All the chamber singing fans in the house throw your hands in the air! The Chamber Singers of Iowa City are closing out a year of excellent concerts this Sunday at 3 p.m. with a performance of two Maurice Durufle pieces at the Congregational Church (30 N Clinton Street). Tickets are $17 for adults, $14 for seniors and $5 for students.
Maurice Durufle was a French composer and organist. His body of work is notable for it’s attention to complex and modern uses of harmony. Durufle was a perfectionist, and highly critical of his own work, publishing only a handful of works throughout his life and often editing pieces after publishing them. His belabored process resulted in a well-polished body of work that gets frequently performed to this day.
His most famous composition is his “Requiem op. 9,” which will be the centerpiece for Sunday’s performance. Written at the time of his father’s death, Durufle took extensive use of Gregorian chants, using the chants for almost all the thematic material. At this performance, each Gregorian chant will be sung before each movement to help contextualize the work as a whole. Durufle created three versions of the Requiem — one for large orchestras, one for small orchestras and a particularly intimate organ-only version, which will be the version the Chamber Singers will perform.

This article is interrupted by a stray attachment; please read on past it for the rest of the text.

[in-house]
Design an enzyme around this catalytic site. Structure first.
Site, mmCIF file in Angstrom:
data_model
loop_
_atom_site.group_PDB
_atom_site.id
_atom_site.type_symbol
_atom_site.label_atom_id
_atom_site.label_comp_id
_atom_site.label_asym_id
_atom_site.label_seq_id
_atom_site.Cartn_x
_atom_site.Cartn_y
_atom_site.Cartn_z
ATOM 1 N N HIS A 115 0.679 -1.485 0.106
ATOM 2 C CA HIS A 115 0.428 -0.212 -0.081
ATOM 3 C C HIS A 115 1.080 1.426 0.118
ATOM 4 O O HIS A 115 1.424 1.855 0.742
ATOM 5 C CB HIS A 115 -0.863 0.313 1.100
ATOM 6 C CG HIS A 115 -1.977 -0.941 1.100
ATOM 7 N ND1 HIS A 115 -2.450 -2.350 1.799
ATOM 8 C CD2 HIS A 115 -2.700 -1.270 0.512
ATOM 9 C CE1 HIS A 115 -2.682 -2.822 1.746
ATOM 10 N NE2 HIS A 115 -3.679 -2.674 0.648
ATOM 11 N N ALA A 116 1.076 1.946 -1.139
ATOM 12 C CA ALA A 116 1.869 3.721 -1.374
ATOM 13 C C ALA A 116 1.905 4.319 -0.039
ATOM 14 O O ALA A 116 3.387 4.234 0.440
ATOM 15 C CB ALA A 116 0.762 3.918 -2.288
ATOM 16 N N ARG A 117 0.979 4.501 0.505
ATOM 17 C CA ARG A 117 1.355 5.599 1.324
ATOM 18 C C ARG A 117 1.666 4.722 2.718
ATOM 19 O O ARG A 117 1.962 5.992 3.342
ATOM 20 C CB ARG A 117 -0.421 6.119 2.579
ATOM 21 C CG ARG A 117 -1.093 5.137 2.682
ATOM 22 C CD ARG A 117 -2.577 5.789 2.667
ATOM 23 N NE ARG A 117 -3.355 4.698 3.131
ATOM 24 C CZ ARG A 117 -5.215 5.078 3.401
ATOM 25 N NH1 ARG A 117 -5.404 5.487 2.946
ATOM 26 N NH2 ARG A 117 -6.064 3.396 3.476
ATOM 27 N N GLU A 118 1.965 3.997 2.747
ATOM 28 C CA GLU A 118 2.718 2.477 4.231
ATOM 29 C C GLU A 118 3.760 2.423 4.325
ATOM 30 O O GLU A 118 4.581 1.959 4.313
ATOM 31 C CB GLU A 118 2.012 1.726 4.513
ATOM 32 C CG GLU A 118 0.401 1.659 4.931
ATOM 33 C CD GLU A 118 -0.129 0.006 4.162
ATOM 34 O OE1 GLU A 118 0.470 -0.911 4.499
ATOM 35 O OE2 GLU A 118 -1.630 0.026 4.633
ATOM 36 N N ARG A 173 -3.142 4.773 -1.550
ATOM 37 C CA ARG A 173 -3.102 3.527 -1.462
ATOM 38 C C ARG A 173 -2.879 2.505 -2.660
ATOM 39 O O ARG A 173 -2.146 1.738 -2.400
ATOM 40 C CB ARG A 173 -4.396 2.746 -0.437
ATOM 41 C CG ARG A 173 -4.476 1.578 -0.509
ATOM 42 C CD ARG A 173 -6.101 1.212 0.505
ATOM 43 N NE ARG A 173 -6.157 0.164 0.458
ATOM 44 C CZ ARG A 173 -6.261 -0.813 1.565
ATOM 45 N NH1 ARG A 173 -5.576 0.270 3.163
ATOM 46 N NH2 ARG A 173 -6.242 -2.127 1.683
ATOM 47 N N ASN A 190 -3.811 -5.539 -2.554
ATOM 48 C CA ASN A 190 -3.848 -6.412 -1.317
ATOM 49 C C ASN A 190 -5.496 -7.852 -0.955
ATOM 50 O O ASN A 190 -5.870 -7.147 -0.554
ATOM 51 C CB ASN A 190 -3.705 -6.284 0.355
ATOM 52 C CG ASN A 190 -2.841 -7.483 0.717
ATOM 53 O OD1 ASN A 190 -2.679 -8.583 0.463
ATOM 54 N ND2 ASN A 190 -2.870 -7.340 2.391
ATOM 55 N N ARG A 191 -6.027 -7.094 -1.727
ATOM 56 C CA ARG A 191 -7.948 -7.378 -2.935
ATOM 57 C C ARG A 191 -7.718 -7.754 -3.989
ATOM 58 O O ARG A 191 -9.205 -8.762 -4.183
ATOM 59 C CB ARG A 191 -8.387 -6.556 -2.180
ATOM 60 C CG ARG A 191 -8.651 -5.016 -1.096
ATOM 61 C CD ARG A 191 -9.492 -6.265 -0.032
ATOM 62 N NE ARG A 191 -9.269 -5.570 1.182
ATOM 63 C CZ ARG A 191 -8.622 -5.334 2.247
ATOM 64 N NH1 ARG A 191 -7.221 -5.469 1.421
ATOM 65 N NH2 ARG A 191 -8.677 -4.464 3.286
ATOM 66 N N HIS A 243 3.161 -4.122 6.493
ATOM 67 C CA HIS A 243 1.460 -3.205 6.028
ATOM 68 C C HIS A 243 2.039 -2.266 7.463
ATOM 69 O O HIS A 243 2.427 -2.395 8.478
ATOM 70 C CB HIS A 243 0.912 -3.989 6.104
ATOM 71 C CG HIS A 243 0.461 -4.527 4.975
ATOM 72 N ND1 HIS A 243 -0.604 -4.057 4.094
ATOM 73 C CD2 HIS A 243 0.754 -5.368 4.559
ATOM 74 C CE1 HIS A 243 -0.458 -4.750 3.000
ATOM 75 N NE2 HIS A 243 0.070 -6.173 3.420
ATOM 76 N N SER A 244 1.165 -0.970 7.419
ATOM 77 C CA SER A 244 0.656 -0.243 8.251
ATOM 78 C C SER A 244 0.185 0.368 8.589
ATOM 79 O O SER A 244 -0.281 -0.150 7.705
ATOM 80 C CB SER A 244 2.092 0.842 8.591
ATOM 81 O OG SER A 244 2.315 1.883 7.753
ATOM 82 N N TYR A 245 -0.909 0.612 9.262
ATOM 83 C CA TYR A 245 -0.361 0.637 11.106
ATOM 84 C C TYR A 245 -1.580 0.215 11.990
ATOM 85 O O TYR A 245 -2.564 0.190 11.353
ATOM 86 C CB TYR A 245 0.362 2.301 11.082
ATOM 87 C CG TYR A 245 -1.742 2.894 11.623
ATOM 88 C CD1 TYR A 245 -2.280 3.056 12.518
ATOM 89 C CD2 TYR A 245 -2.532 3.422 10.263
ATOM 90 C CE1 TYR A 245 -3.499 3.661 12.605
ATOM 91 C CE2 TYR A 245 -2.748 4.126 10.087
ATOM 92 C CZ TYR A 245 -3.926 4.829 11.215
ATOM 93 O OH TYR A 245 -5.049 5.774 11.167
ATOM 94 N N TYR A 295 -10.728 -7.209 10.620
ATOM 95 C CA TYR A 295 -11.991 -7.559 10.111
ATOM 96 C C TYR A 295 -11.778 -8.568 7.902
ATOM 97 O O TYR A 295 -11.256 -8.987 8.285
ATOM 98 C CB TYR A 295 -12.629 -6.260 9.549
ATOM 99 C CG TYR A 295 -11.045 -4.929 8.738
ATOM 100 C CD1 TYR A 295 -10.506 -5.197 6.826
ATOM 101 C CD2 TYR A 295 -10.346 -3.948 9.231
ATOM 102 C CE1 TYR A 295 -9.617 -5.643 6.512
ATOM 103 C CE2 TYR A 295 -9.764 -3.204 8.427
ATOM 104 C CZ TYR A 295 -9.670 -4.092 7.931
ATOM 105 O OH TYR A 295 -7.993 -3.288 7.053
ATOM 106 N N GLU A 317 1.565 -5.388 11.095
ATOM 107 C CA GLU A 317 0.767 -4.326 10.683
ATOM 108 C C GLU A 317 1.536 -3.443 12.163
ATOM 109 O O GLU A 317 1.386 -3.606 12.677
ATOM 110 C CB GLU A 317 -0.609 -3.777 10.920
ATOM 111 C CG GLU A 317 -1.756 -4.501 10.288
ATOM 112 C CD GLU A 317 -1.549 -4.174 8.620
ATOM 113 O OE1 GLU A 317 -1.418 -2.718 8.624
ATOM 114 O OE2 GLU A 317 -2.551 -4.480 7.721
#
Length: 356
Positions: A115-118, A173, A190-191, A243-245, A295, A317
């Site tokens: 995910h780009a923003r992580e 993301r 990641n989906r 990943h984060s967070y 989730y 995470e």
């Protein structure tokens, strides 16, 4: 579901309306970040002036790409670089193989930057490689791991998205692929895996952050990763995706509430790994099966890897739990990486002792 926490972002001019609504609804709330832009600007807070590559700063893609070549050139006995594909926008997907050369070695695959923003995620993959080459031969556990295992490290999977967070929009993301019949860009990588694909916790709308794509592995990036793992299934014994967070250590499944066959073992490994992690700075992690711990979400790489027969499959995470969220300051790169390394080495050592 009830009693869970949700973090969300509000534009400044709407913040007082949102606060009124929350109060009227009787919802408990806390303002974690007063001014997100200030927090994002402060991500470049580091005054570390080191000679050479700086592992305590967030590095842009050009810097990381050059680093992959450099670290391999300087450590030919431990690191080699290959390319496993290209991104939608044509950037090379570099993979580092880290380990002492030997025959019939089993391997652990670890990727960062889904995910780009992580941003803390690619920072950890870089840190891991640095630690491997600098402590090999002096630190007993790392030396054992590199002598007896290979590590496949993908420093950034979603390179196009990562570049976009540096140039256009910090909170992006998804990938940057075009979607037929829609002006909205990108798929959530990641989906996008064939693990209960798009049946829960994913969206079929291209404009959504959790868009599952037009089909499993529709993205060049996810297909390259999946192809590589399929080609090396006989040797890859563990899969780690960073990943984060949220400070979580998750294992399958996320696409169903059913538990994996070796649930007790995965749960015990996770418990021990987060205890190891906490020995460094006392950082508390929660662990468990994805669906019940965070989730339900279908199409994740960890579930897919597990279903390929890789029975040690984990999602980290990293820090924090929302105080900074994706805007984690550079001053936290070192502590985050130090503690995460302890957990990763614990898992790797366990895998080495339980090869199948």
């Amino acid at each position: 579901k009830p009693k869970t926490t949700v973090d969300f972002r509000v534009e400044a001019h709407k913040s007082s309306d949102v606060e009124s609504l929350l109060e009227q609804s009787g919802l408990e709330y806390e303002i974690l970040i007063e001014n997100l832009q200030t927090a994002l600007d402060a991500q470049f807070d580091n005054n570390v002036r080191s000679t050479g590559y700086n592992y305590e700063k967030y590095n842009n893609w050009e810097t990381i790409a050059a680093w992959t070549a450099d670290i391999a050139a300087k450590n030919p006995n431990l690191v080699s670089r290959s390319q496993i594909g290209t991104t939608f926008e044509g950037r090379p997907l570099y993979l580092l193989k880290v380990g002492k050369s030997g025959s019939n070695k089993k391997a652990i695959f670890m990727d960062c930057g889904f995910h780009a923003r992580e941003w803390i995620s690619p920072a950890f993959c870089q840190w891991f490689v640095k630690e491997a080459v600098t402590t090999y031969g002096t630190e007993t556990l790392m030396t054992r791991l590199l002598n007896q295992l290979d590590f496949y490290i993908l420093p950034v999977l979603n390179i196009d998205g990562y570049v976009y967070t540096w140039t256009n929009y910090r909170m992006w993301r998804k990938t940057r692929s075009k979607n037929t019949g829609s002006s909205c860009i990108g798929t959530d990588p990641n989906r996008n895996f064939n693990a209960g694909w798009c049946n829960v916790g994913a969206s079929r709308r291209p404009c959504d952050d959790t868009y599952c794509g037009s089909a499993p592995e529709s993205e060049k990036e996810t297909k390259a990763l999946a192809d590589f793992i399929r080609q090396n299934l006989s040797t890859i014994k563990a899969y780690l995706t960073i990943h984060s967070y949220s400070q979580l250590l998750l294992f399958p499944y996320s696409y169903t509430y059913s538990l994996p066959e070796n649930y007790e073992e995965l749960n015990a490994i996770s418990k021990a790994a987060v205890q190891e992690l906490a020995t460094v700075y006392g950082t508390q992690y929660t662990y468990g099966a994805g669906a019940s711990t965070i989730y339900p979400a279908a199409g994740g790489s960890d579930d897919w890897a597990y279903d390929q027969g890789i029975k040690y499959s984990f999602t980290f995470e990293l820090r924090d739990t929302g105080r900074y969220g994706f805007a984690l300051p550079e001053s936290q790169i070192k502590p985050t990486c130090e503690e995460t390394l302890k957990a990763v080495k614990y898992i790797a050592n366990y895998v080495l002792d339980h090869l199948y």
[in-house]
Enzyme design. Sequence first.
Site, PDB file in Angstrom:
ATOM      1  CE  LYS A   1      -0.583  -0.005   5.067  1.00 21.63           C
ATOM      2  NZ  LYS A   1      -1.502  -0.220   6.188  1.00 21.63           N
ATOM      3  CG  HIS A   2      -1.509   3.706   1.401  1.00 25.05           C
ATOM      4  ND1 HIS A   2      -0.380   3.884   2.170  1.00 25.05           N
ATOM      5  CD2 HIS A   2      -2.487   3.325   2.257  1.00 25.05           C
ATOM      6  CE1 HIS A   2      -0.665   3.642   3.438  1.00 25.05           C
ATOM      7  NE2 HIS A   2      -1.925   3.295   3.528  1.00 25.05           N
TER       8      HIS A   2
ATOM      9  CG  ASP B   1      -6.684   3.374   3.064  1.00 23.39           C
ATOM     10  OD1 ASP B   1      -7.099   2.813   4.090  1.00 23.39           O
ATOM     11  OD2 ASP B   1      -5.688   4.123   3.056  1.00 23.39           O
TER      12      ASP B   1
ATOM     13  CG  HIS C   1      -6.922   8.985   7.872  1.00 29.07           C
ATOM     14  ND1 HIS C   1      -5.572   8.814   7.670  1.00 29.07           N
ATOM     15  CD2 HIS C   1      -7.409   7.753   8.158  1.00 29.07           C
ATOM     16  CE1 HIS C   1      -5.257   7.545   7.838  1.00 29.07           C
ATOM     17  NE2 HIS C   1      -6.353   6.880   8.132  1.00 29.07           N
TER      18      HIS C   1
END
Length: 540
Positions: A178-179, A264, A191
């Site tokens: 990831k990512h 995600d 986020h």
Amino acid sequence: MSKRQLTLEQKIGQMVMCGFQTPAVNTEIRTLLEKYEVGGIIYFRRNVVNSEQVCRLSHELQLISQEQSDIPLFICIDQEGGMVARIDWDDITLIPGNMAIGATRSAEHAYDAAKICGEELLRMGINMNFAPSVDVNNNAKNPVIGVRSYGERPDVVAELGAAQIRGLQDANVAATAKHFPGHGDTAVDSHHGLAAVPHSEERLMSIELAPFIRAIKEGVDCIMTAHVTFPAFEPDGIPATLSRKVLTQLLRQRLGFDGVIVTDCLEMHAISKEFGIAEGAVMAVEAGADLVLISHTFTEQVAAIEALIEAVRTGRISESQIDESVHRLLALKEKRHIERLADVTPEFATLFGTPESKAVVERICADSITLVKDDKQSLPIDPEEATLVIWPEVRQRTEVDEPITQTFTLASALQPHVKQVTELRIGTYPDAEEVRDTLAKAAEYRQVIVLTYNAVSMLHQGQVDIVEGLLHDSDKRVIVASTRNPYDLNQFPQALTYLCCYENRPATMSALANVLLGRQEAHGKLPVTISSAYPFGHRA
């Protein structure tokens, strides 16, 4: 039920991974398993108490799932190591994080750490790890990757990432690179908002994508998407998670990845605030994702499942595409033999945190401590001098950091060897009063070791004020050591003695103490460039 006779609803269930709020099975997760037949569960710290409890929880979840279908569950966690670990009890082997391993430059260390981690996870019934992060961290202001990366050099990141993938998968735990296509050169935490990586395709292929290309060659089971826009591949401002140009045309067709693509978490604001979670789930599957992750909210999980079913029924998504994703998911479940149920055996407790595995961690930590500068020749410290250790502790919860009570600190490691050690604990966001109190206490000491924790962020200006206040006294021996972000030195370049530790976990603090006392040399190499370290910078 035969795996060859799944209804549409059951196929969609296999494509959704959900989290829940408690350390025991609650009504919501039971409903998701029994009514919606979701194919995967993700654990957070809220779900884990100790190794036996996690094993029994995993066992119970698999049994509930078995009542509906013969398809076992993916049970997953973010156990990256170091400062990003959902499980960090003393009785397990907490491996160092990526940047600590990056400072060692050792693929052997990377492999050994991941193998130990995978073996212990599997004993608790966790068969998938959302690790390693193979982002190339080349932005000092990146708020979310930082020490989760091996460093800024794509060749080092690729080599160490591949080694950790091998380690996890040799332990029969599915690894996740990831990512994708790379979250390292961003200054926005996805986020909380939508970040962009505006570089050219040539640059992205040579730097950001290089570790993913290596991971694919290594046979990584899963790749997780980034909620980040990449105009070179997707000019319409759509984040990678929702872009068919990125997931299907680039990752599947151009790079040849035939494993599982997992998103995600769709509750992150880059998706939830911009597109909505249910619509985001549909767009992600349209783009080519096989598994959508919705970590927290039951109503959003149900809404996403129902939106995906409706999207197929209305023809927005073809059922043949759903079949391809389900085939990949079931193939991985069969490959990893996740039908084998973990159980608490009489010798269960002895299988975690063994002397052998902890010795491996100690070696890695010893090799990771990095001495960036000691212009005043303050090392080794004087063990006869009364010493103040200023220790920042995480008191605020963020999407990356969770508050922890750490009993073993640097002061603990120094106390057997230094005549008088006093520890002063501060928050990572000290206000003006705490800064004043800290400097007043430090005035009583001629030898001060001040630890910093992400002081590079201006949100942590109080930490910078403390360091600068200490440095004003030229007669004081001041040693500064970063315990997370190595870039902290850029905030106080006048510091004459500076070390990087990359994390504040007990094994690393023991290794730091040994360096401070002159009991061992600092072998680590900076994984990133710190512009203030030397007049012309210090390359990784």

The Chamber Singers have programmed an amazing season of concerts, with an attention given to stark contrasts. Their first concert featured the “Fall” and “Winter” sections from Haydn’s “The Seasons,” while their second concert, entitled “Agony and Ecstasy,” featured works by Renaissance composer Tomás Luis de Victoria paired with a new work by the modern Norwegian composer Ola Gjeilo. Durufle’s Requiem is a work of contrasts within itself, with a sense of timelessness and flares of modernity, and should serve as a perfect piece to end this season of singing.